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The Usual Suspects

The Usual Suspects

1995. Directed by Bryan Singer. With Kevin Spacey, Gabriel Byrne, Chazz Palminteri


SPOILER! PLOT POINTS REVEALED!

I know The Usual Suspects is a self-referential movie because its star, Kevin Spacey, told me so. In his Oscar acceptance speech, Spacey said something like "Here's the answer to the question 'Who is Keyser Soze?'. Keyser Soze is Bryan Singer," the director of the film.

There you have it: the arch criminal, the master of disguise, the behind-the-scenes conniver, the story-spinner who's always a step ahead of everyone else, the creator of something out of nothing—who else but the filmmaker himself?

We've talked before (see House of Games) about how the elaborate-criminal-plot scenario parallels the filmmaking process. Look at the talents Keyser Soze brings to bear. He's a great actor (rivalling Olivier in the Richard III department) and a resourceful scenarist. If the flashbacks we see accurately reflect the story he is telling, he is brilliant at "staging" action sequences, creating vivid characters, knowing exactly what information to reveal and what to withhold as his narrative unfolds. If we consider Keyser Soze responsible for spinning the tale that makes up the bulk of the movie, we see that he and Bryan Singer, if not one and the same, certainly have overlapping job descriptions.

The arch criminal as arch dissembler is a staple of detective fiction. But this conceit gets really intriguing in movies, where we spectators misread his intentions as gullibly as do the on-screen dupes. It's a great example of the movies' ability to not just tell and show, but to extend the experience to include us, so that we actually experience things, not vicariously but directly.

Movie-watching depends almost entirely on outward appearances— physiognomy, which is how we keep track of the personnel from scene to scene as well deciding how we feel about them; a highly-evolved set of acting conventions that denote sincerity or duplicity; and ways of shooting, lighting and editing that we have learned to "read" for narrative and emotional content. Visuals constitute a movie's reality, and only when an "outlaw" filmmaker subverts them do we realize how arbitrary they are.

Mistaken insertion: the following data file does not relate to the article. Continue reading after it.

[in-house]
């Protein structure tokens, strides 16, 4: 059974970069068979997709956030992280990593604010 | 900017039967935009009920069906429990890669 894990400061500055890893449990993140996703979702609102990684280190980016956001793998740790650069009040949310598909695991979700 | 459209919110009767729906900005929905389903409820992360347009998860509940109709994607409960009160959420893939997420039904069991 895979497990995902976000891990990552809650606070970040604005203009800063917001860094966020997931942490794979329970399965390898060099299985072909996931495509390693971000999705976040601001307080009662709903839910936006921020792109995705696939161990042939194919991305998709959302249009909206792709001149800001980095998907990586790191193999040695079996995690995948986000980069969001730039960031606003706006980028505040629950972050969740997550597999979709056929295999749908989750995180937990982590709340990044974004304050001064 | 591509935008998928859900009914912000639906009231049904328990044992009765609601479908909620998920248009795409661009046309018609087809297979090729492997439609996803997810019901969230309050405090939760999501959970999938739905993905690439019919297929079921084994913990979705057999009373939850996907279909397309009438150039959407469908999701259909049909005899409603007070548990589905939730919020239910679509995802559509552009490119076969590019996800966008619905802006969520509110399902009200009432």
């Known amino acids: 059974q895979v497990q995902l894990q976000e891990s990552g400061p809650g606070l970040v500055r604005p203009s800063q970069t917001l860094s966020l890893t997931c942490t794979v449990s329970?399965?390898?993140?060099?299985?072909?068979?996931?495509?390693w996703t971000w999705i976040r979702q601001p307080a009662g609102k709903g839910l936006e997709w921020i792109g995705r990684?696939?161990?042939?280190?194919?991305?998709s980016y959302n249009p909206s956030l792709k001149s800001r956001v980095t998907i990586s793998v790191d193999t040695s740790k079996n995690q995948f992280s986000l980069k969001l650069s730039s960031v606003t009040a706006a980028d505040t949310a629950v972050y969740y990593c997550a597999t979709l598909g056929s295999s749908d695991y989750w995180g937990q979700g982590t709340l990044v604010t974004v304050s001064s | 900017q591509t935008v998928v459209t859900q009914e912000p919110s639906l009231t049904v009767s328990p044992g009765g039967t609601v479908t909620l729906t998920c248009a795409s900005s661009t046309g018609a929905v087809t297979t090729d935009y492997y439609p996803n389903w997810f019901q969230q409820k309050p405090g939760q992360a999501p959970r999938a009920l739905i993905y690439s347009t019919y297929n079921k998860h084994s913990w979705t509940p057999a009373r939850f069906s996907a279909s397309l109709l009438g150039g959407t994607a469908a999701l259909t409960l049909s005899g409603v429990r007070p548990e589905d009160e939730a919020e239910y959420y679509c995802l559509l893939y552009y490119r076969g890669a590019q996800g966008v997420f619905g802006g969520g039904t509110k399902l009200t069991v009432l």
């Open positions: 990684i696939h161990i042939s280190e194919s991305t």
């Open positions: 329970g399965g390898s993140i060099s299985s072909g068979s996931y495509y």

We work hard (though we've gotten so good at it we no longer notice the effort) convincing ourselves that what we see in movies is really happening, although we also know that of course none of it is really really happening. We interpolate complex actions and relationships from a few snips of film. So it's disconcerting to find how seriously misplaced that effort can be. Our eagerness to cooperate with the filmmaker can be used against us.

This is, obviously, a game that can't be played too often without destroying narrative cinema. It's somewhat nihilistic, and I'm not really comfortable with Singer, a first-time (?) filmmaker, resorting to such extremes for the sake of thrills and chills. He doesn't seem to have earned the right, somehow, however many courses in post-modernism he's taken.

Unreliable-narrator fictions are rich stuff and kind of hard to digest, especially in movies, when that unreliable narration gets concretized into visual images (i.e., flashbacks that lie). Like time-travel stories, they don't bear a great deal of thinking about; you're sure to run into a contradiction somewhere, if not an outright dishonesty. But both genres are so intriguing that people are willing to cut some slack.

I don't think The Usual Suspects comes close to House of Games, the hoax film par excellence and a very evocative work of art. Bryan Singer's movie is less a hoax than a magic trick, really, a tour de force of sleight-of hand, an exercise in misdirection. For the grand finale, it makes itself (at least, a good portion of itself) vanish before our eyes. A giddy thrill, and one that raises more provocative questions about movie narration than it perhaps set out to.

(8/29/1996)

 

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copyright ©2005 Barbara Bernstein